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Syria’s Armenian Community ‘Facing Extinction’


Syria - The destroyed Armenian Church of Forty Martyrs in Aleppo, May 2015.

Syria - The destroyed Armenian Church of Forty Martyrs in Aleppo, May 2015.

With no end in sight to the bloody civil war in Syria, the exodus of thousands of ethnics Armenians remaining there may be only a matter of time, Armenia’s Diaspora Minister Hranush Hakobian acknowledged on Wednesday.

Signaling a major policy shift in Yerevan, Hakobian said the Armenian government should now start discussing ways of helping to evacuate Syrian Armenians willing to leave the country and the war-ravaged city of Aleppo in particular.

“Unfortunately, a lot has been lost. What we are hearing now are the last desperate cries,” Hakobian told RFE/RL’s Armenian service (Azatutyun.am) in an interview on the plight of the once thriving Syrian Armenian community.

“Of course, it would be very good to see calm and peace restored there, to see the community thrive,” she said. “But I am sorry to say I am now more pessimistic about the full-fledged functioning of the community. I think that when lives are at stake they must definitely be saved. There is nothing more important than a life.”

Armenia -- Diaspora Minister Hranush Hakobian at a meeting with reporters, Yerevan, 24Dec, 2012

Armenia -- Diaspora Minister Hranush Hakobian at a meeting with reporters, Yerevan, 24Dec, 2012

Armenia’s government has faced growing calls for the evacuation of Syrian Armenians in recent weeks amid a worsening security situation in Aleppo, the community’s cultural, religious and economic center. The government has made clear until now that it will not encourage or help them to leave Syria en masse without the consent of the community leadership. The latter remains opposed to such an exodus.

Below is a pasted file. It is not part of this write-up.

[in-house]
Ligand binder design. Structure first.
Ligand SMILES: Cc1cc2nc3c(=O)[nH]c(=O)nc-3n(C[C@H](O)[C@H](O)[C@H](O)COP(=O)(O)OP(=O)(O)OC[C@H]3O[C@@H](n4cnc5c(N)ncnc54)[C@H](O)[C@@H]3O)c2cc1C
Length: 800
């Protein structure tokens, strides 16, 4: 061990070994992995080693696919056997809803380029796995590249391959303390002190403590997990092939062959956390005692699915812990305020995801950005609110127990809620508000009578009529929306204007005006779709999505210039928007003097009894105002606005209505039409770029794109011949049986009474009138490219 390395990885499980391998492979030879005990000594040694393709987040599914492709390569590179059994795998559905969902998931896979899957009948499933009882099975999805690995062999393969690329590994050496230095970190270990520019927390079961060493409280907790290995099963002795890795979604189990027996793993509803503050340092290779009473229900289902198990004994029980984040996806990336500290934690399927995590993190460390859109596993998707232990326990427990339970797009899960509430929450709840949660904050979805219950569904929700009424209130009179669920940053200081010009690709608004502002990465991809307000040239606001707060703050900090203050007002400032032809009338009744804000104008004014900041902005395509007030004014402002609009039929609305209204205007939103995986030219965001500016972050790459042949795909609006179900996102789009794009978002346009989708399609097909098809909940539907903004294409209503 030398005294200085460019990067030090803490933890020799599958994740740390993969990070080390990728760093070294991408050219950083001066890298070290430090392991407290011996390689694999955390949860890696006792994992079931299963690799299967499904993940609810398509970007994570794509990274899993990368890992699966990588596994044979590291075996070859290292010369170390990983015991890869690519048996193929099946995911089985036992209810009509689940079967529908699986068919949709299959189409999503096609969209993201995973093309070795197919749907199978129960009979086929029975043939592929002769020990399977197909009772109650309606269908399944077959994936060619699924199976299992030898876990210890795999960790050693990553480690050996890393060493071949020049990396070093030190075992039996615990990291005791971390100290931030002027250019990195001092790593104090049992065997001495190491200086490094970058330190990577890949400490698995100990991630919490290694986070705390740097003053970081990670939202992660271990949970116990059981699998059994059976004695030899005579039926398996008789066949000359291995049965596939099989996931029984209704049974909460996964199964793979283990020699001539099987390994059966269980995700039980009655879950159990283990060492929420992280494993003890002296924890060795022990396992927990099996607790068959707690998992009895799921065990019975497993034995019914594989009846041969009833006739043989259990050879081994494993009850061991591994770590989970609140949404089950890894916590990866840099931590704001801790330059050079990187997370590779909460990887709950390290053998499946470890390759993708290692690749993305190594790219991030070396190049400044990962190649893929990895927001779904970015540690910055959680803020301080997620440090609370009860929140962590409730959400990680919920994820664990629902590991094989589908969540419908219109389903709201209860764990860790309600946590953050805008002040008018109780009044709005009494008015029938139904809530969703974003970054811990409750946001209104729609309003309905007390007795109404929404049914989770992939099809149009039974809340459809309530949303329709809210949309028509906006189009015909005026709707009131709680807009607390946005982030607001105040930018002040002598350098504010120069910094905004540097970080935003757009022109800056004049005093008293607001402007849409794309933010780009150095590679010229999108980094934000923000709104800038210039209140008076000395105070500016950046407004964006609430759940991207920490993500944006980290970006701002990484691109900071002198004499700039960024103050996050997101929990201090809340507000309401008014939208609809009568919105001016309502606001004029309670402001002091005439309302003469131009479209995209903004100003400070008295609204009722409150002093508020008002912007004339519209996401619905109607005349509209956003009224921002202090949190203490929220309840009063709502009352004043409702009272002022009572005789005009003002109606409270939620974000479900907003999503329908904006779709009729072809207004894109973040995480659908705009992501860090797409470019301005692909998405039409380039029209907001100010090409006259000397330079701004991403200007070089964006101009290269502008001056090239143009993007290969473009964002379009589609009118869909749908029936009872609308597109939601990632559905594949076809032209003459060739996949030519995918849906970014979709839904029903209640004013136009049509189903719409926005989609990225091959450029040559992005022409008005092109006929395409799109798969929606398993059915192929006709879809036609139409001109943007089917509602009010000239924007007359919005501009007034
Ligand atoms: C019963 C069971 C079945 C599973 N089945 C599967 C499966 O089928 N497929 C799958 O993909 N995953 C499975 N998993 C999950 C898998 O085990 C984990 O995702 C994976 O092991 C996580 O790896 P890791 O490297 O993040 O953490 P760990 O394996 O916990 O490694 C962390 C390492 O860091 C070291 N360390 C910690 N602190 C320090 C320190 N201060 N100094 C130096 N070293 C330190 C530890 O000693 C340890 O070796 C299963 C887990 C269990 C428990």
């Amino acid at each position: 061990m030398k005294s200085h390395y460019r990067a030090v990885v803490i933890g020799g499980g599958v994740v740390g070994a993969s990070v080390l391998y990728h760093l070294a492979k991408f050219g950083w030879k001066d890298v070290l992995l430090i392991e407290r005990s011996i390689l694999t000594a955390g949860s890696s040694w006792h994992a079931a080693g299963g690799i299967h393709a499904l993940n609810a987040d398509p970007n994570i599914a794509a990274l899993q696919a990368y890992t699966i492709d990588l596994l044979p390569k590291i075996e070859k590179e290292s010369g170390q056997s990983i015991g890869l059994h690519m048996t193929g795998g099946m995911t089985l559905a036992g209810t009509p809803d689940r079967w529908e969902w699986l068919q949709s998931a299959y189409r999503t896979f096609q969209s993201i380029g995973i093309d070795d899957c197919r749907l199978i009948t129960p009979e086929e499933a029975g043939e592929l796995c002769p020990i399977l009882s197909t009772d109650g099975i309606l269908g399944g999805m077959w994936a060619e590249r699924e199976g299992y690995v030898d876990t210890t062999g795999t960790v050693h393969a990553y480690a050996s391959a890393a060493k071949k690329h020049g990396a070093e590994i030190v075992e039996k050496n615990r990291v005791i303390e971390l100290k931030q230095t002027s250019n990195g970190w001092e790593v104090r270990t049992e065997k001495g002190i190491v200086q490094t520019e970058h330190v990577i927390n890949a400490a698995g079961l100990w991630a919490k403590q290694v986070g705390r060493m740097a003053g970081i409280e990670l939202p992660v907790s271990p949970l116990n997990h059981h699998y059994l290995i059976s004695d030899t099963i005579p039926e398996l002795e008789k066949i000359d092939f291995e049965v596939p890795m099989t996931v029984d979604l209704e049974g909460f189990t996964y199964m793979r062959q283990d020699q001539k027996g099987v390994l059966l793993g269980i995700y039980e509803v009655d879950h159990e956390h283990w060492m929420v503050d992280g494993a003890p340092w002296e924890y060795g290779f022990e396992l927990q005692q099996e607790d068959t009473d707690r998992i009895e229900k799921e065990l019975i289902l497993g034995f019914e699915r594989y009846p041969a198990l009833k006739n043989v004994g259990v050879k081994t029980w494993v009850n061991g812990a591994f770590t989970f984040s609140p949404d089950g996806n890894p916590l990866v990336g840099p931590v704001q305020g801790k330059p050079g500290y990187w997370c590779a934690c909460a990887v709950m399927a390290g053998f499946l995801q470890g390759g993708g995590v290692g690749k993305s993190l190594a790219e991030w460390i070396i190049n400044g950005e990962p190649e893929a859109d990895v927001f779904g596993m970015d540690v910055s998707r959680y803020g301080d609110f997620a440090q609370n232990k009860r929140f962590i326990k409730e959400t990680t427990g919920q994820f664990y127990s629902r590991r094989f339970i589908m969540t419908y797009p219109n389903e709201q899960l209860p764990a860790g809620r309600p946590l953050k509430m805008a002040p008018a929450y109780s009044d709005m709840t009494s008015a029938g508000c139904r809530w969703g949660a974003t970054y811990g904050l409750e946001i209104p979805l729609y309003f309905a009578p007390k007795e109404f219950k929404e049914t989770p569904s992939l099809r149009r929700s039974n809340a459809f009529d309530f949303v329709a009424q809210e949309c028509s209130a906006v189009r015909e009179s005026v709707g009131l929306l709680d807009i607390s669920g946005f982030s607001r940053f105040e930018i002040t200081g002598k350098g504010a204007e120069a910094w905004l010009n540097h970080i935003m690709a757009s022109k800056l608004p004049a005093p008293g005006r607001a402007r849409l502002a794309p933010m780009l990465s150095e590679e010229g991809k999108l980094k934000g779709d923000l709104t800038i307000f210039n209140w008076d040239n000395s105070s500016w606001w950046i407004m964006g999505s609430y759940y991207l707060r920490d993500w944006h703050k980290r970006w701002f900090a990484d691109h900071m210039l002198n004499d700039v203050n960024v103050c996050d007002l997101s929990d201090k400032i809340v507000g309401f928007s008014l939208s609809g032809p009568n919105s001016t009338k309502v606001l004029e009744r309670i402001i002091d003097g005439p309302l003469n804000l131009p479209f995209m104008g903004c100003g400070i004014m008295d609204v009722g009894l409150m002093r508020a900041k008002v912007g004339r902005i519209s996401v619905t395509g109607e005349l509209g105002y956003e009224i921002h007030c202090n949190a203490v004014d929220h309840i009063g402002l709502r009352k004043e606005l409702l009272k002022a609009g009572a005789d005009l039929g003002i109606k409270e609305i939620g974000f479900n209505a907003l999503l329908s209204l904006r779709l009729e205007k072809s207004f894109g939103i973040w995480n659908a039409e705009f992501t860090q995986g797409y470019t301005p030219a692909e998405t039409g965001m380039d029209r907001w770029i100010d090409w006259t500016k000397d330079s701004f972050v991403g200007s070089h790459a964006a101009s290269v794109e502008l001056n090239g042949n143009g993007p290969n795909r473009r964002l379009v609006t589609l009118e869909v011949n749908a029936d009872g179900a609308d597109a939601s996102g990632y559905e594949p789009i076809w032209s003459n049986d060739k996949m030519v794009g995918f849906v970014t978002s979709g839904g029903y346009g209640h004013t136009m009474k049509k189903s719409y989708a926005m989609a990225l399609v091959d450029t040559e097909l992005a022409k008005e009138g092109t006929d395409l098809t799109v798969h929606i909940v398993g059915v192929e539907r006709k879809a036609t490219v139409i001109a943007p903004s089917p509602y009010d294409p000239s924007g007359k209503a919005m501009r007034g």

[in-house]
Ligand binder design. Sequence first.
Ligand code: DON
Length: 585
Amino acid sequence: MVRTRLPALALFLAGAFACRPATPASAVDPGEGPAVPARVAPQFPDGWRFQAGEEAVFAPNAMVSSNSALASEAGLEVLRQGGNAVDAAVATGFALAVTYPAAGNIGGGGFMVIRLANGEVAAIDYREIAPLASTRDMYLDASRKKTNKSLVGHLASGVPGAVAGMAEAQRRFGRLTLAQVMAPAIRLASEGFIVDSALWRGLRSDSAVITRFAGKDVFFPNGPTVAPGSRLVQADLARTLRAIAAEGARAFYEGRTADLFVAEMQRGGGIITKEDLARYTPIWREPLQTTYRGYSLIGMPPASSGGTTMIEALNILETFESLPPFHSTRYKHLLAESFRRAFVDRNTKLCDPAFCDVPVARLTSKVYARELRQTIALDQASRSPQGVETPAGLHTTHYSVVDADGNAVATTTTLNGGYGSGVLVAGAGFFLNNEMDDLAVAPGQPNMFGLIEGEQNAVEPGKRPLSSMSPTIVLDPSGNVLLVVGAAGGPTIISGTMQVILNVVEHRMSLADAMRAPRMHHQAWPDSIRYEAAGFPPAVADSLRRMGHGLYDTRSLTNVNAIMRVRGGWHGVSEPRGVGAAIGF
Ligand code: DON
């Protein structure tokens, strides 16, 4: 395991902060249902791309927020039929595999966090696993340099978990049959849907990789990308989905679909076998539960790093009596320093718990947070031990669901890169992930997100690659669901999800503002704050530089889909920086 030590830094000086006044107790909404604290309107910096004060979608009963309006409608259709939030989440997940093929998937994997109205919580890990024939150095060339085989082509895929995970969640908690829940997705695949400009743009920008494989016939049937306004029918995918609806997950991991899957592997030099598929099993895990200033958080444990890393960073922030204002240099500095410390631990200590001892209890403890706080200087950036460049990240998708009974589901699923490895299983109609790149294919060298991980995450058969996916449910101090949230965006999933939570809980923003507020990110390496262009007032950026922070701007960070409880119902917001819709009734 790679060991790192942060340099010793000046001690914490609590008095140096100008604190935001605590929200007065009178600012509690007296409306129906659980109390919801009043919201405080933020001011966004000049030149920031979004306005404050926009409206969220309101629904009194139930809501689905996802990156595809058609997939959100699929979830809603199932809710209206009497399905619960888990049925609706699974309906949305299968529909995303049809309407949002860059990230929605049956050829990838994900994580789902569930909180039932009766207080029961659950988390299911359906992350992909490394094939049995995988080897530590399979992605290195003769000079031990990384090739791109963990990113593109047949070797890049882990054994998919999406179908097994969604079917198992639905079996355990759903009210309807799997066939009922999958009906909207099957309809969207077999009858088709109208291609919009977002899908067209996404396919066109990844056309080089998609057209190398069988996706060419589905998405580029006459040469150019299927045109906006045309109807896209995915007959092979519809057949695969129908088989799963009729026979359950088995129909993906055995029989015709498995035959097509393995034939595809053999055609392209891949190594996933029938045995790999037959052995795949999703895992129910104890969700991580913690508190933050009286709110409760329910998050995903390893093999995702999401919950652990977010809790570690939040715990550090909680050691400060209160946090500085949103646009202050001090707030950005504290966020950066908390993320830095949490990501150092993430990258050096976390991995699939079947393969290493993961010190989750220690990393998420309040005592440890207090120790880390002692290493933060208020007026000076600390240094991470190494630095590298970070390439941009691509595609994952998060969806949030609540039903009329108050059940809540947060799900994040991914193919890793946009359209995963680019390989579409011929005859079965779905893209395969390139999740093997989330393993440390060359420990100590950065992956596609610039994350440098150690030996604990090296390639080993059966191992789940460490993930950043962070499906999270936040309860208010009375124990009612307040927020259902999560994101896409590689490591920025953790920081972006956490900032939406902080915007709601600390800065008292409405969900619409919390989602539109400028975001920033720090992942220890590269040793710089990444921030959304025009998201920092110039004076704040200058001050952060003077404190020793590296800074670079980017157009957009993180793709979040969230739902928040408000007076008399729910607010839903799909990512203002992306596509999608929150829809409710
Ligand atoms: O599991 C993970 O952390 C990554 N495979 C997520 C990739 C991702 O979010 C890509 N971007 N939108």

Hakobian’s remarks suggest that the authorities in Yerevan may now reconsider their cautious stance. Prime Minister Hovik Abrahamian’s cabinet is due to discuss the situation in Syria on Thursday. Abrahamian said last week that Hakobian will brief cabinet members on “how we can help” Syrian Armenians.

The Diaspora minister said their evacuation from Aleppo and other trouble spots is fraught with serious logistical problems. “Sending money would be the easiest thing,” she said. “The key question is whether anyone would be willing to organize airlifts [to and from Syria] and ensure the security of airplanes. The Armenian Foreign Ministry and the Emergency Situations Ministry should answer this question.”

In the meantime, fighting between Syrian government troops and rebels in and around Aleppo is reportedly continuing unabated. Speaking to RFE/RL’s Armenian service by phone, George, an Aleppo Armenian, said city neighborhoods are shelled on a practically daily basis.Asked about the dominant mood among local Armenians, he said, “I can say that the majority wants to get out.”

Syria was home to up to 80,000 ethnic Armenians, most of them descendants of survivors of the 1915 genocide in Ottoman Turkey, before out the outbreak of the bloody conflict in the Arab state. The community has shrunk by more than half in the last four years. Some 13,000 Syrian Armenian nationals currently reside in Armenia.

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